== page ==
Brendan Rodgers has expressed his concern at the effect any degree of stadium closure would have on Celtic’s prospects of making further progress in Europe this season.
Uefa has opened disciplinary proceedings against the Scottish champions after a supporter invaded the pitch and attempted to kick Paris Saint-Germain forward Kylian Mbappe during Tuesday night’s Champions League group stage game at Celtic Park.
It is the 15th time in the past decade that Celtic have been charged for various forms of supporter misconduct, incurring fines in excess of £230,000 in the process. The nature of the latest offence, which potentially placed a player’s safety at risk, has raised the prospect Uefa may impose a partial closure of Celtic Park for the club’s next home European game against Bayern Munich on 31 October.
The case will be heard by Uefa’s Control, Ethics and Disciplinary Body in Nyon on 19 October and Celtic manager Rodgers hopes to avoid any scenario which would diminish the influence of his club’s home crowd on European nights.
“It would be [a concern] because it is certainly not something that we would want,” said Rodgers, who then referenced the closure of Celtic Park in 1985 for a Cup-Winners Cup tie against Atletico Madrid. It was imposed by Uefa because of crowd trouble during Celtic’s controversial tie with Rapid Vienna the previous season and, after drawing 1-1 in Madrid in the first leg, Celtic lost 2-1 in the return at a near-empty Parkhead.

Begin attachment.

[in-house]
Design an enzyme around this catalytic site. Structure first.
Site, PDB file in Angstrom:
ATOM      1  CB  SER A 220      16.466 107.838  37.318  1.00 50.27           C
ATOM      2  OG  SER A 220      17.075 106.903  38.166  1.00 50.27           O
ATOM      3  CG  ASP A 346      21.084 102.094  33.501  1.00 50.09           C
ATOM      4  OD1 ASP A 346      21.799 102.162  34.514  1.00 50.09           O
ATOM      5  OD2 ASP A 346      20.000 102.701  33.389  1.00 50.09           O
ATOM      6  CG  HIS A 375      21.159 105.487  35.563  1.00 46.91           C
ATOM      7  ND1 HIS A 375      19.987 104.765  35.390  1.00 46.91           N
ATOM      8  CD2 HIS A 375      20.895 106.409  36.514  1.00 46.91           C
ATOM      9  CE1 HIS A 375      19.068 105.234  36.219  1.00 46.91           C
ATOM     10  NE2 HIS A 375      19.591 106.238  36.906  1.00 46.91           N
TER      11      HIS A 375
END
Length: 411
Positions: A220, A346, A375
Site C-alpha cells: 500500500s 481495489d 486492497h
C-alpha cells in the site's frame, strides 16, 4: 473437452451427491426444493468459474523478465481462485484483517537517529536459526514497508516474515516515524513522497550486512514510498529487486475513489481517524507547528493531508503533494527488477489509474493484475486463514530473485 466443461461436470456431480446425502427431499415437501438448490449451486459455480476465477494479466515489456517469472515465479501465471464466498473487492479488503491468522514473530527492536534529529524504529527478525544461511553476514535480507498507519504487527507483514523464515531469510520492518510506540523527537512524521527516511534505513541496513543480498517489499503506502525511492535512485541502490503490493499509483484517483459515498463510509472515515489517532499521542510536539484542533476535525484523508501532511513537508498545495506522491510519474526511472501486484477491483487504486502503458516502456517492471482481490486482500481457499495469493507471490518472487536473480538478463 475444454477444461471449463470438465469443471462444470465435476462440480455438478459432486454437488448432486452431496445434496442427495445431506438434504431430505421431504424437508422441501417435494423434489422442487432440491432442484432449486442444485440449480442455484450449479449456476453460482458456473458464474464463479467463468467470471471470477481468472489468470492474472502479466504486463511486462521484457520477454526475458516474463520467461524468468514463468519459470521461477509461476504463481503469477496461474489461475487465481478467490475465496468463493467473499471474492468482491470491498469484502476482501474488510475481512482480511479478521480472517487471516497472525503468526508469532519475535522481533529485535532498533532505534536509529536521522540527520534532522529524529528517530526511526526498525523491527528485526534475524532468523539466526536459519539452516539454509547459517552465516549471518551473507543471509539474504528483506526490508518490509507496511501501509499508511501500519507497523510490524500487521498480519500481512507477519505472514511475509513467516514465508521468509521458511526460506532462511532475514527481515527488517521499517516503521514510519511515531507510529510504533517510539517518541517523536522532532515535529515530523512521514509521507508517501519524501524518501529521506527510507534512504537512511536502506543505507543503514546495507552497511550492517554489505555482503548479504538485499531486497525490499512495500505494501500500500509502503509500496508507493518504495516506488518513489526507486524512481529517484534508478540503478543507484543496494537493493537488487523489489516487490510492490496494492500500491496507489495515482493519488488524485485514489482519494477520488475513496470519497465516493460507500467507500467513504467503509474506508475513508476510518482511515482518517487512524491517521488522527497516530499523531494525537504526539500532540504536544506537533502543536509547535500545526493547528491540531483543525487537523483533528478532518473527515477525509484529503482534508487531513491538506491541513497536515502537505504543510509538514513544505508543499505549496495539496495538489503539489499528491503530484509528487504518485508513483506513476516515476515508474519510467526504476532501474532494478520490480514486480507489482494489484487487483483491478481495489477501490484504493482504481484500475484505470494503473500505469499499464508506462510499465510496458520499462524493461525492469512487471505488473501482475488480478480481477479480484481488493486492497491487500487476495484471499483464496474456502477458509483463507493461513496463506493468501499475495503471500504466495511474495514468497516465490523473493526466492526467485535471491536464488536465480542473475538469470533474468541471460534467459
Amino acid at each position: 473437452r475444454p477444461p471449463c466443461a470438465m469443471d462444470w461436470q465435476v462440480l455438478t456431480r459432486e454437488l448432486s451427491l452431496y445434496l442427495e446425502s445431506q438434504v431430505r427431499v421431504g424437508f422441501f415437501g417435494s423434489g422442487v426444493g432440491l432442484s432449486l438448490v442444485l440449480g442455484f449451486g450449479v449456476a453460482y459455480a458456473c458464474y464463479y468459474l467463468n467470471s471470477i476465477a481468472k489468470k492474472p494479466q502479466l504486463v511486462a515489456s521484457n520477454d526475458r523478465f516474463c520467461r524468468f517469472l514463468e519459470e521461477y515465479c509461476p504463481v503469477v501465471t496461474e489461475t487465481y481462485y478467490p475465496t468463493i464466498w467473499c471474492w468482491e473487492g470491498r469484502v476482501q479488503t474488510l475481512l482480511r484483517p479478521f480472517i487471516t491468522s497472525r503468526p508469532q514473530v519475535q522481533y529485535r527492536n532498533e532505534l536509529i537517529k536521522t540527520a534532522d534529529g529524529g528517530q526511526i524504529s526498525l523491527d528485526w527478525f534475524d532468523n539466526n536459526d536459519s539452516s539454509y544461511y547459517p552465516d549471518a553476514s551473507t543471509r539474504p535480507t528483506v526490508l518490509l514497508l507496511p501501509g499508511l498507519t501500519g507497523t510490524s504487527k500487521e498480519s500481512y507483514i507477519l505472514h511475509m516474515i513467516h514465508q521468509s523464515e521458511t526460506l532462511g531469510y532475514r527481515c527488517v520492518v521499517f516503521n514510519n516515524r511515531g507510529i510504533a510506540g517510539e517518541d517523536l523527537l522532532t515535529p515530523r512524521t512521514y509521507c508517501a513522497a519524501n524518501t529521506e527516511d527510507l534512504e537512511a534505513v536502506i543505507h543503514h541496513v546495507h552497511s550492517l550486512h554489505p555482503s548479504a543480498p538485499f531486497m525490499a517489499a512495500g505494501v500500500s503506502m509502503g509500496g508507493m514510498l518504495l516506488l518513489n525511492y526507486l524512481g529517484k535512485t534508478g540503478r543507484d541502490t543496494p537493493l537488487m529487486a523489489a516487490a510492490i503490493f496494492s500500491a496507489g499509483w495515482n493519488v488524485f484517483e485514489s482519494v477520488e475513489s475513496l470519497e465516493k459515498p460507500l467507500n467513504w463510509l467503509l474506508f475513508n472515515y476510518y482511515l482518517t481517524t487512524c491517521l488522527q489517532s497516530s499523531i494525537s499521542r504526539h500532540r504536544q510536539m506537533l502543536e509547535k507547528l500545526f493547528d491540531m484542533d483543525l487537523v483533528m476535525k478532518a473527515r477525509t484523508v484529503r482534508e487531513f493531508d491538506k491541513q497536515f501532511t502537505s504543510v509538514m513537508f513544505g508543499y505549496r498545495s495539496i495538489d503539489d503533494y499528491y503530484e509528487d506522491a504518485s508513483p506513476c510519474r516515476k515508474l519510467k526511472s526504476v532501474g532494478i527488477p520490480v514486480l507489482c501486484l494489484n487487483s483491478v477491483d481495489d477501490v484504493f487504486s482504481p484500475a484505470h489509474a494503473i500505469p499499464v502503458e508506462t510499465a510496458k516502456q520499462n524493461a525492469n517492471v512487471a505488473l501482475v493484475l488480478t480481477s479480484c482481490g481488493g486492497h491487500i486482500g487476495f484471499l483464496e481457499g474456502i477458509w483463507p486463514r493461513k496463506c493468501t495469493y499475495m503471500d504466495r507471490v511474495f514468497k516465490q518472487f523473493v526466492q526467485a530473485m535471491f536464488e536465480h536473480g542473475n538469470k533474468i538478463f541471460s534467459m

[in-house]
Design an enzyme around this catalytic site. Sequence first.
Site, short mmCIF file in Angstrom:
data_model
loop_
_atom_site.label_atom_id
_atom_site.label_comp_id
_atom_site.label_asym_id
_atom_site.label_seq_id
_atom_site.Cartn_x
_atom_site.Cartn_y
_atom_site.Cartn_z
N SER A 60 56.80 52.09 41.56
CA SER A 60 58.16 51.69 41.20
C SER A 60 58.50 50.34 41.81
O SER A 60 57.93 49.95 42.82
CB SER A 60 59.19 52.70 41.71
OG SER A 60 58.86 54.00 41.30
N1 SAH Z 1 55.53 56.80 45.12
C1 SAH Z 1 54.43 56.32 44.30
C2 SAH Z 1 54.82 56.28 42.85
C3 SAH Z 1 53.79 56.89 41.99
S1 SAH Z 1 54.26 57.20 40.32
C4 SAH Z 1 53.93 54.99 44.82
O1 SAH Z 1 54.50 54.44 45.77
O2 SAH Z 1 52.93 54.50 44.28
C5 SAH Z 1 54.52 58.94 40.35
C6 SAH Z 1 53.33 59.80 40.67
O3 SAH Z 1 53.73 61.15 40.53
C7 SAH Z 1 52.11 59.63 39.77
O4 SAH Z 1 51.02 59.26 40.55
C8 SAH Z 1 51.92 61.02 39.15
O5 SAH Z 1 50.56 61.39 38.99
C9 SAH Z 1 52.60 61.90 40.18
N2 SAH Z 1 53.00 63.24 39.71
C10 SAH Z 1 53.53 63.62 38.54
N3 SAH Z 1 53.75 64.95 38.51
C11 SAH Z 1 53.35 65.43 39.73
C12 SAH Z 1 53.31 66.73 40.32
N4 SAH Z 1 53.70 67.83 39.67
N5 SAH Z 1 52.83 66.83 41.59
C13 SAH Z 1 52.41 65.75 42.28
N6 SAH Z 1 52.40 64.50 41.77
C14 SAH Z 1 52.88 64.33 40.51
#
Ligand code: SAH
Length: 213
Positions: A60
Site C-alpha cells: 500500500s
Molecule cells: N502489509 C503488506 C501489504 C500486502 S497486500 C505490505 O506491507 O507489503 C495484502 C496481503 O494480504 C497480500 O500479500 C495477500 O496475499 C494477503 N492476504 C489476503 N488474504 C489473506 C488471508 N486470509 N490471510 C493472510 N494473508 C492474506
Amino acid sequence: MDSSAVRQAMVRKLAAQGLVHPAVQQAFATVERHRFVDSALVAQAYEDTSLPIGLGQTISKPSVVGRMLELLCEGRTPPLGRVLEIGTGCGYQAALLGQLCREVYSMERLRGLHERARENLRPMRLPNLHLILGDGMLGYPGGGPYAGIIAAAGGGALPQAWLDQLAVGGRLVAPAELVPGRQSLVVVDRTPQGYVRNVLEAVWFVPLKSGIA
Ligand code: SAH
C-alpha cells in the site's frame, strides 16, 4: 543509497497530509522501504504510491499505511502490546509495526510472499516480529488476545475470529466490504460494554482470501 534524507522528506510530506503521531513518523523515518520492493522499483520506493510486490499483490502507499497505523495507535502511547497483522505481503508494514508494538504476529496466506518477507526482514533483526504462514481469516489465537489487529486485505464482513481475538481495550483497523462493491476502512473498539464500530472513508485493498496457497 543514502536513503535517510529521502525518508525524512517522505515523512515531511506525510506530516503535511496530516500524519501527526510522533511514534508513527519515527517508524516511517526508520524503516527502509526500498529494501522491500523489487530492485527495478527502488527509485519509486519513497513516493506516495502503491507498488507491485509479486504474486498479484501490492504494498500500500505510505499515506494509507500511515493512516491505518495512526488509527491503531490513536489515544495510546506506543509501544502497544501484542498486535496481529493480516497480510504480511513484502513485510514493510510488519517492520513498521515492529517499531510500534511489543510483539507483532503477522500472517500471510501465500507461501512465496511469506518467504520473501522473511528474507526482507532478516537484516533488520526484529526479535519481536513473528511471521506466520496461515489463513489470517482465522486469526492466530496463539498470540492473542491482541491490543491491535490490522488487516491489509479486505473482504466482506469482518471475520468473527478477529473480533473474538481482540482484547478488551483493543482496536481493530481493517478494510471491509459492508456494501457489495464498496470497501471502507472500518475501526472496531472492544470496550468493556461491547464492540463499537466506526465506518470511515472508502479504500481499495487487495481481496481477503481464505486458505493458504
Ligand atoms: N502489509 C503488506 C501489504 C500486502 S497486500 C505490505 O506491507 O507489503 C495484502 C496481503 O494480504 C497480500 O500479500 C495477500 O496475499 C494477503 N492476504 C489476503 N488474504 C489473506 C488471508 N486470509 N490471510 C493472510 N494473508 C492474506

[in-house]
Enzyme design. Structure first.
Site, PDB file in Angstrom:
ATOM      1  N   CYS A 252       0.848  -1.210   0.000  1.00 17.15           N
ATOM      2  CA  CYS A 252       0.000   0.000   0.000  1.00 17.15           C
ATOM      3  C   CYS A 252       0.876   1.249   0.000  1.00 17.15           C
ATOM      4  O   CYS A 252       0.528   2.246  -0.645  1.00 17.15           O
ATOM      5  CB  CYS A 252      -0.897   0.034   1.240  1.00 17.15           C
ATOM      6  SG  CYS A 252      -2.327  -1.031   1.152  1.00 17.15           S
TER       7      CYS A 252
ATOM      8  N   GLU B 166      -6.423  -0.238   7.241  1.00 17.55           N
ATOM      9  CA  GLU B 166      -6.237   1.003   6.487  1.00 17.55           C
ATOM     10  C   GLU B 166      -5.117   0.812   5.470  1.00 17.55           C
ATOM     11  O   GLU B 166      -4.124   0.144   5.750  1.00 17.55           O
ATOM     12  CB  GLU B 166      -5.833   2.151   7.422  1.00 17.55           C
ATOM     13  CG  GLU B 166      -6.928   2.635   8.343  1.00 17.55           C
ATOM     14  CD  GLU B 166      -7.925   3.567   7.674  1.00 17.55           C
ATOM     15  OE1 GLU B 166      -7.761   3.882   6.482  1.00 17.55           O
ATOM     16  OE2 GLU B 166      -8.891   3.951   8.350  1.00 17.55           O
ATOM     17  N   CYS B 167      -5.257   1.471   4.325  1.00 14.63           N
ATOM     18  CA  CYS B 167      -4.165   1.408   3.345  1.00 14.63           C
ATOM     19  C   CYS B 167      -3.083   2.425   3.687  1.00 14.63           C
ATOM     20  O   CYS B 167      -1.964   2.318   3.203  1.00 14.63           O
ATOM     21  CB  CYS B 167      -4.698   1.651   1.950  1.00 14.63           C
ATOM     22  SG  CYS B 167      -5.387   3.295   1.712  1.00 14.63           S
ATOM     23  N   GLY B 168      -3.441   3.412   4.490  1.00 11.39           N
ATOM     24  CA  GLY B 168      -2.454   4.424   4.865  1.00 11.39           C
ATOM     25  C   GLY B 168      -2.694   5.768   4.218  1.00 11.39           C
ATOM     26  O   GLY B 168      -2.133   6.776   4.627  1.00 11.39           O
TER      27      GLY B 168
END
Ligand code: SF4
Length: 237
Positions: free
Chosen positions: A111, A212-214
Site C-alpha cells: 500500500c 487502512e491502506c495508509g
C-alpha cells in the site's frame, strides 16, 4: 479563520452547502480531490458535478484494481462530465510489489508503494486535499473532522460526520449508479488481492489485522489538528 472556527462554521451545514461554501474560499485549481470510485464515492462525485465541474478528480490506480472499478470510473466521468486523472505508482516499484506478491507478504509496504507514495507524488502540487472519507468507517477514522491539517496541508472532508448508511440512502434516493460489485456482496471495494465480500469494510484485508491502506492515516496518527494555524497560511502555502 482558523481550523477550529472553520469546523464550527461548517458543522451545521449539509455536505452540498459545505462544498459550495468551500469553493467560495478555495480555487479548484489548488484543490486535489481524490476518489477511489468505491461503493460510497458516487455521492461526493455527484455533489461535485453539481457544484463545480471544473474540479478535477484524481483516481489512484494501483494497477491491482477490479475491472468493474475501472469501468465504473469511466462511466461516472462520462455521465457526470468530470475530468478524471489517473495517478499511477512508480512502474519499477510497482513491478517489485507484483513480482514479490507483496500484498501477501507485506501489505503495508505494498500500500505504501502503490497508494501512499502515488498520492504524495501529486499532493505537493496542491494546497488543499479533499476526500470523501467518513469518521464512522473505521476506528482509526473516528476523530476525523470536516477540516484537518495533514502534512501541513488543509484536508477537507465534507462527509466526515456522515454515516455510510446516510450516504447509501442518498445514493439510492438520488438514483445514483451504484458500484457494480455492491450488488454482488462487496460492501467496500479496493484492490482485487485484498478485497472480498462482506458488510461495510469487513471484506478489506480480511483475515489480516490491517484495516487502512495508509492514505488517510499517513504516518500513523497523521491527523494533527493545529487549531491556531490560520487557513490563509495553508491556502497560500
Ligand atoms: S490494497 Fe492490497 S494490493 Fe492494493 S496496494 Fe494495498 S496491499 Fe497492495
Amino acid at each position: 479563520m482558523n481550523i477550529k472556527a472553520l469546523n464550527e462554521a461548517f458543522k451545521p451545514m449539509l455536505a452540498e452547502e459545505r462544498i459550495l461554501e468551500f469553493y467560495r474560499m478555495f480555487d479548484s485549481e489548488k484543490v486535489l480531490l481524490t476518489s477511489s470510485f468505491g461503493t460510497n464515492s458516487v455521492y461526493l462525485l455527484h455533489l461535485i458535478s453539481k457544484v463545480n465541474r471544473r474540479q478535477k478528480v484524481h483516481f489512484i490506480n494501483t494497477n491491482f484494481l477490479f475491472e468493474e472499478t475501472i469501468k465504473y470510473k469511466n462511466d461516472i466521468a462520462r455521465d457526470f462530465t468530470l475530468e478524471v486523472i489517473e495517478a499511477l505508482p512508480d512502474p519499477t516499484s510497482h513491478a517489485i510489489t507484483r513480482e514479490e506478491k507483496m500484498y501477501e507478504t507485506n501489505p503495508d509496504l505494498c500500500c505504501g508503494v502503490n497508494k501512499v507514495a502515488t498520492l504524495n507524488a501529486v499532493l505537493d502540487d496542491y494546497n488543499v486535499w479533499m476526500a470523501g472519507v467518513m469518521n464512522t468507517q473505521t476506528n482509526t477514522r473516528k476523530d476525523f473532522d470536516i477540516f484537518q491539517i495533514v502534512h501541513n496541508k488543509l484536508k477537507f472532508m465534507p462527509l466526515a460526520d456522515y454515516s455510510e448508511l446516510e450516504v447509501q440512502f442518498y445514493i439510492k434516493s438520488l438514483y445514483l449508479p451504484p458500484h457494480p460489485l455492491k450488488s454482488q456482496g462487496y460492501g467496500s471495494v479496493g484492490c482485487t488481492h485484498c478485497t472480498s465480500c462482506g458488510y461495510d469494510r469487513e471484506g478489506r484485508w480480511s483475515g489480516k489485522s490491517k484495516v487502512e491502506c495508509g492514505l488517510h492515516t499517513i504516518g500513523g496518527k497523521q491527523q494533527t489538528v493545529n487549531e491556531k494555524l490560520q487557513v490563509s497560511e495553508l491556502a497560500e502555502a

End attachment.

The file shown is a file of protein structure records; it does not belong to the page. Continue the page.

“I was interested to read Peter Grant talking recently about that Atletico Madrid game,” said Rodgers. “They went away and got a result over there, then had to play in an empty stadium and ended up losing the tie.
“Our big advantage, when we are a million miles away from some other clubs in Europe in terms of financial support, is through the supporters. If we don’t have them then it could be difficult.”
Rodgers hopes Uefa will take account of the condemnation from the rest of the home fans of the pitch invader during the 5-0 defeat to PSG.
“The reaction in the ground at the time said it all,” he added. “They would have felt that and any Uefa official would have heard it too. It is something they might not look at but there will be a question asked.
“But Uefa know the goodwill around Celtic and Scottish football here and what has been achieved. The club are working very hard to ensure fan safety is in place and that Celtic Park is one of the great arenas for European football, despite some of the things that happen.”